And so we had finally landed in Bangkok and made our way to the Hotel. After grabbing a quick bite in the Executive lounge and taking a tour of our cool room, we sat down to chalk out a plan for the day. 

It was nearly 2pm, and so we thought we will do The Grand Palace, Wat Pho and Wat Arun that evening since all these were close to each other and Wat Arun shut the latest at 6.30pm. 

We left the room around 3pm, and headed out to hail a cab from the streets. We asked quite a few cabs, but most wouldn’t come. And then one guy said ok but was charging 400Baht. 

Being ignorant and eager, we hopped in and went over to The Grand Palace. Just as we got off the vehicle, a man in security uniform came over and told us the place was closed and only Thai locals were allowed. He then suggested we hail a Tuk tuk and go to Wat Arun. He proceeded to take us to a Tuk tuk waiting near the curb and the guy there quoted 250Baht. Now we had done enough research to know that Wat Pho and Wat Arun were close by. We asked if he would instead just drop us off at Wat Pho. He refused and asked us to get away from there. We walked on, and before we knew it we reached Wat Pho

The complex is huge and beautiful. We had never seen such intricate workmanship anywhere else and this just blew our minds away. The towering temple complexes,  the number of Buddha sculptures [more than 1000], the walk ways and then of course the majestic Reclining Buddha [160 ft long] leave you overwhelmed.. the entire place is spread across 8 hectares of land. 

Wat Pho is a Buddhist temple in Phra Nakhon district in Bangkok. It is also known also as the Temple of the Reclining Buddha. But what not many know is that the official name of this temple is Wat Phra Chettuphon Wimon Mangkhlaram Ratchaworamahawihan [quite a mouthful right?]

While you do the rounds of the campus, there are quite a ew smaller shrines where people worship even today. The custom we noticed was to pick up a lotus, a candle, 2 incense sticks- light them up and say a prayer. Here in the temple there was a table with roof tiles with a form pasted on it. Just like in our part of the world we donate money in the temple, here you donate a roof tile. 

And now talking about the focal point of Wat Pho- the Reclining buddha, he is lying down and looks so divine, it had us grounded for a few minutes. 6m long and 15m high, this sculpture illustrates the passing of the Buddha into nirvana (ie the Buddha’s death). Made with plaster around a brick core and finished in gold leaf, the sole of his feet are studded with Mother-of-pearl inlay ornaments, displaying 108 different auspicious lák·sà·nà (characteristics of a Buddha).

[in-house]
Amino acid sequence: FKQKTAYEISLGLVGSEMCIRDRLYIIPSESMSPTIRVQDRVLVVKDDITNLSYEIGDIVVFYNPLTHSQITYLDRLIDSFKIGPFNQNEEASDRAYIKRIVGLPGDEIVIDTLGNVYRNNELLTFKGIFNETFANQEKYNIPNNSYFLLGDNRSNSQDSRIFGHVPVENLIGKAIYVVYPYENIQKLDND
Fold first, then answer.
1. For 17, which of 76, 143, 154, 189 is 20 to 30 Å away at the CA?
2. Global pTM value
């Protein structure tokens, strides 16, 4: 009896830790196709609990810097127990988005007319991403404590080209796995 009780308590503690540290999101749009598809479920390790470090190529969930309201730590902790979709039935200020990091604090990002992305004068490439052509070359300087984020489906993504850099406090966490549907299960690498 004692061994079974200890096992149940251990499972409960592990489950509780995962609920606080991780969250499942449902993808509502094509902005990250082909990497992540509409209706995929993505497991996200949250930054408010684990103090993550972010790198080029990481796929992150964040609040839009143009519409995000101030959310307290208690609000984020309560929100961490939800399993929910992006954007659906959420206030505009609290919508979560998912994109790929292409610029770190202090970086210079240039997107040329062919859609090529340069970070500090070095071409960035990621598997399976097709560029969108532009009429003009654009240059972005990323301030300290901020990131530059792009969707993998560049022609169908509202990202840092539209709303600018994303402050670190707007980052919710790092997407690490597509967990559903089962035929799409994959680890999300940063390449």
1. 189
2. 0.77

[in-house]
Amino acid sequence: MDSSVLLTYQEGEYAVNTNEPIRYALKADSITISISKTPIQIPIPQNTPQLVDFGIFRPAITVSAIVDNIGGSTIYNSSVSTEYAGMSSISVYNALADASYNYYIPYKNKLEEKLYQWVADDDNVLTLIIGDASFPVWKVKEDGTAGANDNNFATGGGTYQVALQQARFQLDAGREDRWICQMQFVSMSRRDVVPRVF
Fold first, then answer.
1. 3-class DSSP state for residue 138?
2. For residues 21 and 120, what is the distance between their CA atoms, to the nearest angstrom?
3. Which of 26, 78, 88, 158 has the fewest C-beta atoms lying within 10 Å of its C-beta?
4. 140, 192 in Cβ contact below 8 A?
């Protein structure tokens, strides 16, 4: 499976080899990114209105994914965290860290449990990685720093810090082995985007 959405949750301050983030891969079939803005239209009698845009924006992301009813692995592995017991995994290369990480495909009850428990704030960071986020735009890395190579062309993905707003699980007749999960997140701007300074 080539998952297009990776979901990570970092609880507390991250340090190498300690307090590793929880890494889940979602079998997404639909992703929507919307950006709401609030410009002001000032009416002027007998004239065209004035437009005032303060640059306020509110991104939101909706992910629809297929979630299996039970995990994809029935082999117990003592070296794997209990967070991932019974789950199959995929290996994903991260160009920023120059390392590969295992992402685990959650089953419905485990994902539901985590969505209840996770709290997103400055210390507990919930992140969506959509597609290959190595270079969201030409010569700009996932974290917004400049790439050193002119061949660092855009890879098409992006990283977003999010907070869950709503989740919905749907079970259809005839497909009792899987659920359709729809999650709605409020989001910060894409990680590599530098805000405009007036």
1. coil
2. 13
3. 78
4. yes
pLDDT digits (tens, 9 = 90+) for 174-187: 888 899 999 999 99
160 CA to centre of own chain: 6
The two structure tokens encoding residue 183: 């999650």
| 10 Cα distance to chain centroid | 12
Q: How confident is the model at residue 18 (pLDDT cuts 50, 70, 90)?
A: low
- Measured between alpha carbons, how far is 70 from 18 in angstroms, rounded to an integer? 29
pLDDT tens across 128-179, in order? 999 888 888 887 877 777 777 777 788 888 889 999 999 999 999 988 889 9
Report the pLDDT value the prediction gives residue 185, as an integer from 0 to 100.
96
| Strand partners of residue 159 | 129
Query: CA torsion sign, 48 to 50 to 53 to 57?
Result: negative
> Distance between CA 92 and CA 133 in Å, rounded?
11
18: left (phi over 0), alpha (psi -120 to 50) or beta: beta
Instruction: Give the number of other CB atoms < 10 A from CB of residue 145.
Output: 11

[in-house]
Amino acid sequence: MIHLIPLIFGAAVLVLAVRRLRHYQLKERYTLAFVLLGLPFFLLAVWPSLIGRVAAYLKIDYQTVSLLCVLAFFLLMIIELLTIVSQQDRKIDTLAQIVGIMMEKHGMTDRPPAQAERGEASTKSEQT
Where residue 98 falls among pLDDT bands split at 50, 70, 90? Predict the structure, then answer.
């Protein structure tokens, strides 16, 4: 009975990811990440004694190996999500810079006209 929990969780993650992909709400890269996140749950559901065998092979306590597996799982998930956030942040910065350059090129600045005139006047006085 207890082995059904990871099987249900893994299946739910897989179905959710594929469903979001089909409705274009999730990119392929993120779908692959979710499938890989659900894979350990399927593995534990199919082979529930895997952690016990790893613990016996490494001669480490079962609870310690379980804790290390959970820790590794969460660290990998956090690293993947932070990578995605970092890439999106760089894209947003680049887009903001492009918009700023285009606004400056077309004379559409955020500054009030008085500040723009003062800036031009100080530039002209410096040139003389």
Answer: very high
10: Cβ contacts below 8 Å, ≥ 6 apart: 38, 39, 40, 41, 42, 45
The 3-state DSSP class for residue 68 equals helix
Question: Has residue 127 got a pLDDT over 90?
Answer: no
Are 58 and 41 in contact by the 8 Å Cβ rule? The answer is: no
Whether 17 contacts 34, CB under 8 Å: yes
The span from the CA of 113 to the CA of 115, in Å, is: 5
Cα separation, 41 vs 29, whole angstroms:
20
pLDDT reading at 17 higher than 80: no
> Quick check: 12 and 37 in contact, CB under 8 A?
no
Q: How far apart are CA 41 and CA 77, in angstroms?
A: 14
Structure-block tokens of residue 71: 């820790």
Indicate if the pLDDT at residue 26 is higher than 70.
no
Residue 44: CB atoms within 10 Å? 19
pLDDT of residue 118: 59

All along the corridor of the temple are 108 bronze bowls indicating the 108 auspicious characters of Buddha. We spotted quite a few people drop coins in these bowls as it is believed to bring good fortune and the money donated is also used for the temples maintenance. 

The sky was beautiful blue, with cool breeze keeping us company as we wandered around the complex. 

The one thing about the place that amazed me was the way people moved about. There were places where we had to leave our footwear in a stand. People came, removed, left them, walked in and walked out to pick up their footwear in peace. There was no chaos, no worry about “will my footwear be there or would someone have taken it away”…   The other thing I noticed was the temple was filled wit cats, all colours, shapes and sizes… They were  not scared of people, some almost invited visitors to come pet them, while others went about their work peaceful. 

And then of course were the gazillion people clicking selfies – either wit hands stretched out or using a selfie stick. We spent a good two hours exploring the place and could spend another hour easily taking it all in. 

It was time to get out across the road toward the ferry point.. 

For more beautiful skies, visit Skywatch Friday …
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